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During the first half of the Tudor period, Calais was the last remaining English possession in France. Calais was and still is a port city located on the northwestern coast of France, about 20 miles from England. It is across from the English town of Dover at the Strait of Dover, which is the narrow stretch connecting the English Channel to the North Sea.

Calais became an English possession in 1347, when Edward III captured it during the Hundred Years War and the English rule was formalized in 1360 by the Treaty of Bretigny. The town and its surrounding area, known as the Pale of Calais, measured about 120 square miles and were heavily fortified against incursions from France. Calais served as an important port for English goods, particularly wool, entering the Continent. Calais eventually fell to the French in January 1558, in the reign of Mary I. Calais was formally lost in the reign of Elizabeth I under the Treaty of Troyes.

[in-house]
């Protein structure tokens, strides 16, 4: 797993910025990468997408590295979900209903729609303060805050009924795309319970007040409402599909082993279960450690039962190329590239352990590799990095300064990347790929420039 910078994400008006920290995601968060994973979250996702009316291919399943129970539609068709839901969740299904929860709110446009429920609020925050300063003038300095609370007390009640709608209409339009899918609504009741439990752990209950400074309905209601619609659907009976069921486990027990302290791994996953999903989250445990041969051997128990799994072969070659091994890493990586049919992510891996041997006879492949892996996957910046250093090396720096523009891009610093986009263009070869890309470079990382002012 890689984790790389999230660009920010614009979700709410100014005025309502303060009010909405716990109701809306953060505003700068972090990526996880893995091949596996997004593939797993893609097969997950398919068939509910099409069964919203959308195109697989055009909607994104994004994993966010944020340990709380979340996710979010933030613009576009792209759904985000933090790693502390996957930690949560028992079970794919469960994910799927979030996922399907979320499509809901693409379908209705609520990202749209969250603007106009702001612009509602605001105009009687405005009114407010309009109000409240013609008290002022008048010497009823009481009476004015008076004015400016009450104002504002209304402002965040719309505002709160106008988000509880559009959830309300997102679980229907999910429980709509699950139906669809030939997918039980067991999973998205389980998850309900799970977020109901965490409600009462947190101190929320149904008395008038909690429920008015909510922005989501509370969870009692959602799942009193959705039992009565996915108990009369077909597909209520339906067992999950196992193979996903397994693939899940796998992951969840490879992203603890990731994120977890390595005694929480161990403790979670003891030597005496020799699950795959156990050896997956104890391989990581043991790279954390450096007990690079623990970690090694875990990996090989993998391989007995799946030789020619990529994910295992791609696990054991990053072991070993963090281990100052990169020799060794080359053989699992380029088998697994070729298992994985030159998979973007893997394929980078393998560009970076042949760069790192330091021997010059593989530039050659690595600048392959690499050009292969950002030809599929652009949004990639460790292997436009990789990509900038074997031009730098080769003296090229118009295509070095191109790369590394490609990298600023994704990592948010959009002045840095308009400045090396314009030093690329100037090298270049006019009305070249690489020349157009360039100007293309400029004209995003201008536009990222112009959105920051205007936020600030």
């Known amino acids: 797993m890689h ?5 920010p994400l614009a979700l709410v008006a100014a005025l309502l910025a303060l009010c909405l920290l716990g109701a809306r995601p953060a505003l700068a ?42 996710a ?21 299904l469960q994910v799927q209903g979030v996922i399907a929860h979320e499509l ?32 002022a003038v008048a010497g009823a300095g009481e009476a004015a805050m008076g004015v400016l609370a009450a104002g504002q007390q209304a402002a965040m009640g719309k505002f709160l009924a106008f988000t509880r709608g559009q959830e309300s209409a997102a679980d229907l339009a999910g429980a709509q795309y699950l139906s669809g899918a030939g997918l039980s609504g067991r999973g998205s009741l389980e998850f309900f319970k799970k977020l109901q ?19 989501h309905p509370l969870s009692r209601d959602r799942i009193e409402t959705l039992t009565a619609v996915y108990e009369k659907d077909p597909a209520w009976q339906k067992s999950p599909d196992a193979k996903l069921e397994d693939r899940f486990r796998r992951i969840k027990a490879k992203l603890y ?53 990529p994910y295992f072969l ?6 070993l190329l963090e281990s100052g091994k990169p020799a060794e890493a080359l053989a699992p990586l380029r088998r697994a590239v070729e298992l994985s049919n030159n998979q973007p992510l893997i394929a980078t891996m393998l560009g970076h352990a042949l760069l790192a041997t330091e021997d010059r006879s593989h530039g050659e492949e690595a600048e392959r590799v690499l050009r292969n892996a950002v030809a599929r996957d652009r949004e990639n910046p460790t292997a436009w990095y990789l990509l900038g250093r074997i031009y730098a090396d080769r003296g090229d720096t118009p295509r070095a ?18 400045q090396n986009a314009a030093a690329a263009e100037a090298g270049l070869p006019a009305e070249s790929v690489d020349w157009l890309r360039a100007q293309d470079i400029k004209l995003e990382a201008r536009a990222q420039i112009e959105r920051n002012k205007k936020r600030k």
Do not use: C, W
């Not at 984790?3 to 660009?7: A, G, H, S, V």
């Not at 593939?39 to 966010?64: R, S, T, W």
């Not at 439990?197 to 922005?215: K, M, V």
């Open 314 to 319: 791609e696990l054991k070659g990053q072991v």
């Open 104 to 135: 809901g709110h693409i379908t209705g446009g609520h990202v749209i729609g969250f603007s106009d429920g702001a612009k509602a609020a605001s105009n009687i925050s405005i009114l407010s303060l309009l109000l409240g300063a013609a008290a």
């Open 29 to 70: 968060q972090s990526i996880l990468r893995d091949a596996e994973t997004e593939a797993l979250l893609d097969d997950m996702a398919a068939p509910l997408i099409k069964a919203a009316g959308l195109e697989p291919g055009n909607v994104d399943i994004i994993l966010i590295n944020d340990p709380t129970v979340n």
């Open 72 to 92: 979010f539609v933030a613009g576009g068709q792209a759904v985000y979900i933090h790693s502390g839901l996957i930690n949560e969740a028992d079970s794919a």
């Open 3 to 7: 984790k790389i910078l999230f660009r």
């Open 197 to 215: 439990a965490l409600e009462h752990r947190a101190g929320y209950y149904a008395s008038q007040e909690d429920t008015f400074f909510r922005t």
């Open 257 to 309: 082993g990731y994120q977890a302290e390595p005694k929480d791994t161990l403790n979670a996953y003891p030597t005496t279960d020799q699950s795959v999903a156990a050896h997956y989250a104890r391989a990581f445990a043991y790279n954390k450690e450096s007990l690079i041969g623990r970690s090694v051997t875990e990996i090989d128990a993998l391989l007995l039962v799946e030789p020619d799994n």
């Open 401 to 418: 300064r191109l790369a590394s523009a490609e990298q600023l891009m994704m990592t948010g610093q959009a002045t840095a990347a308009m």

Although the last holdings in France were lost to the English crown in Mary’s reign, Elizabeth and all the following English monarchs continued to keep “France” in their title until it was formally given up by George III in 1801. The French symbol of the fleur-de-lis was also removed from the Royal Arms at this time.